Simulation optimisation approaches for robust scheduling of airport ground handling tasks and teams
Item statusRestricted Access
Embargo end date02/12/2022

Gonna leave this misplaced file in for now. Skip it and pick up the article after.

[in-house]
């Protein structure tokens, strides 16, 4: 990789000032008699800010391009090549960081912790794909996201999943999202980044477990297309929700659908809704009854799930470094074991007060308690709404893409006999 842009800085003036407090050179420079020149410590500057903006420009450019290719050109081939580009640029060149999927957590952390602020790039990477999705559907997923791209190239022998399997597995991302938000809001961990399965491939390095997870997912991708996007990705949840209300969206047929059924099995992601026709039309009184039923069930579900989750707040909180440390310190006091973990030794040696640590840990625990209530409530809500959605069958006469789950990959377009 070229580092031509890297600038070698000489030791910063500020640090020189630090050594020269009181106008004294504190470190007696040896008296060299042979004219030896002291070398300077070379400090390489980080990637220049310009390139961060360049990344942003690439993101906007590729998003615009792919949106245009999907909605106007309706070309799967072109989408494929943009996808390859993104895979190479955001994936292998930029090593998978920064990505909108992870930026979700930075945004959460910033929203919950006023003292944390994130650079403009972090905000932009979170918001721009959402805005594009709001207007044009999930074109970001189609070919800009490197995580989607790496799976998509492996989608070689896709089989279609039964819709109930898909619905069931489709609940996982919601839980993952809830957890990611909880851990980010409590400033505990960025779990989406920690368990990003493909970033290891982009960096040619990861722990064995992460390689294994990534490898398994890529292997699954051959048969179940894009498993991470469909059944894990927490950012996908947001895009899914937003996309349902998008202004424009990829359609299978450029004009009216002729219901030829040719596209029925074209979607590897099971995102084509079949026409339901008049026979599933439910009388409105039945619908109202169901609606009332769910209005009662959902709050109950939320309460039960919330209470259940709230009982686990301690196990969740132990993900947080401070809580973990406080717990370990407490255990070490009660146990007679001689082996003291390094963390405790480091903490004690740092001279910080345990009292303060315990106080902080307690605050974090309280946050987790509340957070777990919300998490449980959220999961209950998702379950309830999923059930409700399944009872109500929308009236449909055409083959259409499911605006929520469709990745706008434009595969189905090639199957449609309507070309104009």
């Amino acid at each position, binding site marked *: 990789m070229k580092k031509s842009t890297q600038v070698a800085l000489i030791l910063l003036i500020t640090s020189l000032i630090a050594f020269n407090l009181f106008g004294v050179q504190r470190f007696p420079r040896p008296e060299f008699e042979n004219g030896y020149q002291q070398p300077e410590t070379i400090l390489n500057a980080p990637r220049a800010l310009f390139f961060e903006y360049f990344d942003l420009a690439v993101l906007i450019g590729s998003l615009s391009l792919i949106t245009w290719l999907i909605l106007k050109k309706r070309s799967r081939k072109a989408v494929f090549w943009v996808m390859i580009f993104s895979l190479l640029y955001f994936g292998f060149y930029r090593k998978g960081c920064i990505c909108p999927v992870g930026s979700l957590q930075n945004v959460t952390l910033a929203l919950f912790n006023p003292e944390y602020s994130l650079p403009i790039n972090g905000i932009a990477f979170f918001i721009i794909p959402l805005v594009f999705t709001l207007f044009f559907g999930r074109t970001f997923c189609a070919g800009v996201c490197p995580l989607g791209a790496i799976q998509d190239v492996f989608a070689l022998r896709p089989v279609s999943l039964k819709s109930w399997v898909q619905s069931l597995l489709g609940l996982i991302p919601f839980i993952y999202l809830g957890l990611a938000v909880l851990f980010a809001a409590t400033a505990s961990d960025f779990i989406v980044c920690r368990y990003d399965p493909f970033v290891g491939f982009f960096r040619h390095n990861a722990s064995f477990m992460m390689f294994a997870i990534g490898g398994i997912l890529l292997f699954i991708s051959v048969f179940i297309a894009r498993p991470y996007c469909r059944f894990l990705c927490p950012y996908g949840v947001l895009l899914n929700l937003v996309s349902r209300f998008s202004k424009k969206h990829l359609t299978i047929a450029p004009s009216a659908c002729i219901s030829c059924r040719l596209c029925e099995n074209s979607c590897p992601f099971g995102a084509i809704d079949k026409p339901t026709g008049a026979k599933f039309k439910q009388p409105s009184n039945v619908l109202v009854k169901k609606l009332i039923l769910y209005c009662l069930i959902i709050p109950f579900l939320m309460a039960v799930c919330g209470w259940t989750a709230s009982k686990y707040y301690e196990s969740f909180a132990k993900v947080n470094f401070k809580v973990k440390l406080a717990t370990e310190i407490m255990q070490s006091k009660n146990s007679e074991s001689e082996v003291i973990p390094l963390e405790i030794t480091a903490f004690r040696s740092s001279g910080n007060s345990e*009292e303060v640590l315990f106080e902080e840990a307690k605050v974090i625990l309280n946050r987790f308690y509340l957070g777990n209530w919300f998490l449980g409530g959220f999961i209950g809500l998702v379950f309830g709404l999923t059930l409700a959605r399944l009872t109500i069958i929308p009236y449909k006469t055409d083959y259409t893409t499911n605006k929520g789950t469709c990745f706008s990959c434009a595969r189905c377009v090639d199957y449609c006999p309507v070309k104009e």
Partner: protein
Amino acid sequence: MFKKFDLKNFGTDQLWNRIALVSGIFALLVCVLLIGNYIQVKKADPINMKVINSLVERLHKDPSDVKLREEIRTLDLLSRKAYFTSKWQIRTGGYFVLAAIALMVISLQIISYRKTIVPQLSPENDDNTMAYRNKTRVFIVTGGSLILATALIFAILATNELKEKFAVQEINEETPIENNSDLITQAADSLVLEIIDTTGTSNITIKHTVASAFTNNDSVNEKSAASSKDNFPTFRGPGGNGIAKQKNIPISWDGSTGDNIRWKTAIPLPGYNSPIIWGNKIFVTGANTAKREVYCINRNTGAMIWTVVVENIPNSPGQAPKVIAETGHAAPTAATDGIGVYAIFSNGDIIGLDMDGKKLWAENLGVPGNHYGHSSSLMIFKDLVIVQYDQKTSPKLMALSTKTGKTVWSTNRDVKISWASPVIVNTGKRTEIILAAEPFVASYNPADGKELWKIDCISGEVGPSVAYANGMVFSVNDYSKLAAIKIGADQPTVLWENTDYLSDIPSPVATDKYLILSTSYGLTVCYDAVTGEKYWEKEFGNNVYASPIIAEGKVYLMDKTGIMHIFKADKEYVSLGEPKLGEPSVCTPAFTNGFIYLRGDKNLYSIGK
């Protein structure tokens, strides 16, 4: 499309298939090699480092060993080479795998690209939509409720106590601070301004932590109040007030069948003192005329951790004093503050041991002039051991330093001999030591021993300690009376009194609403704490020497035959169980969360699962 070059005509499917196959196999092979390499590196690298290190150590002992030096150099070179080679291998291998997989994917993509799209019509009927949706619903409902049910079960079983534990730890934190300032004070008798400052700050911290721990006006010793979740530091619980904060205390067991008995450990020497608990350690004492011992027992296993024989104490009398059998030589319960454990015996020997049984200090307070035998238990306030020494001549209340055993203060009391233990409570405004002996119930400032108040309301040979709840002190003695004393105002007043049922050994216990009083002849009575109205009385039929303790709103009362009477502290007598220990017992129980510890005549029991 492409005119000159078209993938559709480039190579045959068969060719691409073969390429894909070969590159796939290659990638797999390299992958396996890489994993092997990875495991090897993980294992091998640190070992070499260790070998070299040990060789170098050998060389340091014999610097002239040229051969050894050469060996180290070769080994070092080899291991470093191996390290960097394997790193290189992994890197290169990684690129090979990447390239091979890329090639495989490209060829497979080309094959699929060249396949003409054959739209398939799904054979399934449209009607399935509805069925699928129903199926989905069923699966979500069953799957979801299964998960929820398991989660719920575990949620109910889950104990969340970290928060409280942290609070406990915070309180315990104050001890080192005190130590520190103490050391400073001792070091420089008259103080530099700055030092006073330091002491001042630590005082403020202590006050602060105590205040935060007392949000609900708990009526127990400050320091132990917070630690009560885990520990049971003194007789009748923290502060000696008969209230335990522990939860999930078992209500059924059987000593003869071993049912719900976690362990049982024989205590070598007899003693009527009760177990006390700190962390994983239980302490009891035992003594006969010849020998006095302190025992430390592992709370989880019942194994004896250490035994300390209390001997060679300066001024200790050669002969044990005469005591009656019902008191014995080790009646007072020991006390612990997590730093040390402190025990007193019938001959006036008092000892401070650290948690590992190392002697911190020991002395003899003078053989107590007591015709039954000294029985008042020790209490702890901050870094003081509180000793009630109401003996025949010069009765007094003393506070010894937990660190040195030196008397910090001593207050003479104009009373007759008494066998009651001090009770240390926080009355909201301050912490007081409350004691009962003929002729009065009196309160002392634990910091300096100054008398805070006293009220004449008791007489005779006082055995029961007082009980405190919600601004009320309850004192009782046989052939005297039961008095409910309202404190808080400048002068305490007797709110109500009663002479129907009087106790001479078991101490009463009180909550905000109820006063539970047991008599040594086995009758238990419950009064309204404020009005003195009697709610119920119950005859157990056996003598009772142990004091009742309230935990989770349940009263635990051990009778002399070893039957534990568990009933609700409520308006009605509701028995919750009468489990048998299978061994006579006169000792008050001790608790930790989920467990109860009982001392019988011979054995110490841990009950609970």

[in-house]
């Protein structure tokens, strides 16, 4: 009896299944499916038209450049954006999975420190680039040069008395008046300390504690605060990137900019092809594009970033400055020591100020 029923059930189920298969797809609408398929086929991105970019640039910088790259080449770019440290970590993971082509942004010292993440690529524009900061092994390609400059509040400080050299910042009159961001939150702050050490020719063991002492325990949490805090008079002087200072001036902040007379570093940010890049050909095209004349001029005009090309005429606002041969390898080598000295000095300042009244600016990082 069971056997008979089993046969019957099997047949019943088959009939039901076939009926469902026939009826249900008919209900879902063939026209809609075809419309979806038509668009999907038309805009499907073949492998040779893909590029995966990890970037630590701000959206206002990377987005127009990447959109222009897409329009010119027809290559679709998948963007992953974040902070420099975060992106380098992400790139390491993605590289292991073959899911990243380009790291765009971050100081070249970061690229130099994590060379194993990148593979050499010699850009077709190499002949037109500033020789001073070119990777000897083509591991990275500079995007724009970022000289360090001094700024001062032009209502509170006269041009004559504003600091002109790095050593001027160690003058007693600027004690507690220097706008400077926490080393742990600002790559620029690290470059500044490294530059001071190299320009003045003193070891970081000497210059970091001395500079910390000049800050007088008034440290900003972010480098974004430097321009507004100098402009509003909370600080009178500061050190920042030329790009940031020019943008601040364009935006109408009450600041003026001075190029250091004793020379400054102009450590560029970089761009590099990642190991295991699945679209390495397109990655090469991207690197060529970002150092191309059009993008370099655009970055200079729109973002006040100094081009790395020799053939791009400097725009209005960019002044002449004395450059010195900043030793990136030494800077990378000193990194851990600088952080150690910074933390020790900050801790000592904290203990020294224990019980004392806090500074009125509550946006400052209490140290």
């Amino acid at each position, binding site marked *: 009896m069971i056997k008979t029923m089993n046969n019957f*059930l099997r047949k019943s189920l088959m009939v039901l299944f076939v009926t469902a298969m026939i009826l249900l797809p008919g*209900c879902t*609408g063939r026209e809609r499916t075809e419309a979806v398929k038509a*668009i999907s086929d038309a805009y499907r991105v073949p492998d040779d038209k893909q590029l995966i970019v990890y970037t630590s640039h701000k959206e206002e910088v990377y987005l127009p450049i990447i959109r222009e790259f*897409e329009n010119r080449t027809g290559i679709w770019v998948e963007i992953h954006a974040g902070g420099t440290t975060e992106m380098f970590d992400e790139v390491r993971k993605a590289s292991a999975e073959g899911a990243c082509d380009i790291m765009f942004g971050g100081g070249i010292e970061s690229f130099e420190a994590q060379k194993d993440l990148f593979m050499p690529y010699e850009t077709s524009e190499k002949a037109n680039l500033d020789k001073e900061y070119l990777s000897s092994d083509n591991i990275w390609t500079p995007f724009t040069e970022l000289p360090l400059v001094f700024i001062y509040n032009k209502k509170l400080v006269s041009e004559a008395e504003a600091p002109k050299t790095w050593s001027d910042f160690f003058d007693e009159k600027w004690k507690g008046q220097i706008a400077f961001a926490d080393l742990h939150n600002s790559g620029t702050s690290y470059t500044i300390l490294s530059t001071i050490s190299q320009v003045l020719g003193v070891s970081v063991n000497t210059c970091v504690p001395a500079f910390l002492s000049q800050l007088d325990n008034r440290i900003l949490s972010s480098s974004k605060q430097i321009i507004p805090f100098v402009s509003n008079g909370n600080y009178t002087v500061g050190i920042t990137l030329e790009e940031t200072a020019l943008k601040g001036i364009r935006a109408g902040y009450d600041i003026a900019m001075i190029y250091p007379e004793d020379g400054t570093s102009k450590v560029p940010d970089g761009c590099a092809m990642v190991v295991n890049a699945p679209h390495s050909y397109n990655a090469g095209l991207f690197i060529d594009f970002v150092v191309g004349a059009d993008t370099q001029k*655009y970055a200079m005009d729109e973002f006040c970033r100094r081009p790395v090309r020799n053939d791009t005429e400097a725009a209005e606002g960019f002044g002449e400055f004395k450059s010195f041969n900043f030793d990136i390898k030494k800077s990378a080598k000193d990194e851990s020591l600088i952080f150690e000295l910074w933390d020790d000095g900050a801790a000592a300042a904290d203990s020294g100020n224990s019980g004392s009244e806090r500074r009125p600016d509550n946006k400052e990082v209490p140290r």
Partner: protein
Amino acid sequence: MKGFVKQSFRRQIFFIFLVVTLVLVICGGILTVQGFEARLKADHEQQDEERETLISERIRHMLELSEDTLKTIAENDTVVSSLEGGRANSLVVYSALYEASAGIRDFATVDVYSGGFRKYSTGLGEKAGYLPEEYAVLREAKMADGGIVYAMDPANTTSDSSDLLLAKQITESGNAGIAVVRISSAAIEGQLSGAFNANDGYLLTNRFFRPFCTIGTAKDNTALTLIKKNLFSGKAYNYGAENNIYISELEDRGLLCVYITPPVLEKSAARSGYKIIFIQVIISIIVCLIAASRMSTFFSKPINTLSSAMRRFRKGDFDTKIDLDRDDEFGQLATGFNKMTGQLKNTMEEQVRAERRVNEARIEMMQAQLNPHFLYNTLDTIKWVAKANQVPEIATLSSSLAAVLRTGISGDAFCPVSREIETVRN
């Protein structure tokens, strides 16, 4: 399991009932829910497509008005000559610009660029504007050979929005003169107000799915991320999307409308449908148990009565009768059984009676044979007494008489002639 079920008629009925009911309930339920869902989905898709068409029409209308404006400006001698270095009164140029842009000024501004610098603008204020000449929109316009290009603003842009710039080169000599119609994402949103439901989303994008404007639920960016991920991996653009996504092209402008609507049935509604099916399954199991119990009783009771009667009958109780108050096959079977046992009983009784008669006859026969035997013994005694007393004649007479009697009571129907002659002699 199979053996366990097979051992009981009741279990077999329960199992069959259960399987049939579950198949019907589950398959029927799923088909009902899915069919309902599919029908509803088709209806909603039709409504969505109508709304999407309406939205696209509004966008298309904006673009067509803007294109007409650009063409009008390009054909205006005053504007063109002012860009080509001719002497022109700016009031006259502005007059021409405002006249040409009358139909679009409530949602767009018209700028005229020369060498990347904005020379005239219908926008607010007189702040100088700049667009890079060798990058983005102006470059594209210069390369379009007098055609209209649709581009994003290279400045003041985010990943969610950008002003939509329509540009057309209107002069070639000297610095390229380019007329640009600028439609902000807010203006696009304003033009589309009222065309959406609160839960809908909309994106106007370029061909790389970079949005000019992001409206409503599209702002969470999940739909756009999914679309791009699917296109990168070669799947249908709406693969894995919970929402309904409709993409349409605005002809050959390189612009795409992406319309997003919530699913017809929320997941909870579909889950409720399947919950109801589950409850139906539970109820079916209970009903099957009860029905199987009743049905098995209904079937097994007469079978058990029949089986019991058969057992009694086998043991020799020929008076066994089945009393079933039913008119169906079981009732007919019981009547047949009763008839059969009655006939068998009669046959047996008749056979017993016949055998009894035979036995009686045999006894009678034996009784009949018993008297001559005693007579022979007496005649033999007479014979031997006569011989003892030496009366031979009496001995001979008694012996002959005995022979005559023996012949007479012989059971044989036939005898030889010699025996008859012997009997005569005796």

Aircraft ground operations (baggage loading/unloading, refuelling, etc.) are usually very tightly scheduled, so that even small variations in the task durations or travelling times of handling teams between two aircraft can result in long departure delays. Therefore, having robust plans for handling such operations by leaving enough idle (slack) time between activities to enable rapid recovery from such delays is the primary goal of all service providers, as well as of the airport operator and/or the airlines. This can be viewed as a two-stage problem and this thesis will hence propose two novel models for each. The first one will address the resource-constrained project scheduling problem (RCPSP) as applied to ground handling tasks for setting the minimum size team requirements. The second tackles the vehicle routing problem with time-windows (VRPTW) to achieve robust routing of teams through a set of novel objectives: maximising the minimum slack, workload balancing, and maximising the total slack across all teams of the same SP. A lexicographic approach is adopted by taking advantage of both constraint programming (CP) and mixed integer programming (MIP) optimisation methods. The scheduling problem is solved to optimality of which the start times of each individual handling task, as well as the minimum team requirements are determined. This information, then used to find good routing solutions per SP. At this stage, due to the complexity of the routing model, optimality is not guaranteed for maximising the total slack. Thus, the initial solution is exploited in an LNS based matheuristic framework. The robustness of the routing solutions are then assessed using Monte Carlo sampling for team routing plans, while the airport-wide solution is evaluated through discrete-event simulation (DES). This is repeated iteratively until robustness is achieved at both levels within a simheuristic scheme, by allowing the results from the simulation to provide constructive feedback to the search. These tailored constraint-based feedback routines are automatically generated from simulation outputs, and are used to constrain the search space to solutions more likely to ensure robustness. This is the first simheuristic study to introduce such elaborate feedback mechanisms for solving combinatorial optimisation problems. The proposed approach shows increased convergence on finding a robust solution when compared to a current state-of-the-art approach. Furthermore, it introduces a semi-centralised decision making architecture which avoids the need to share sensitive information among competing SPs in a multiple stakeholder environment.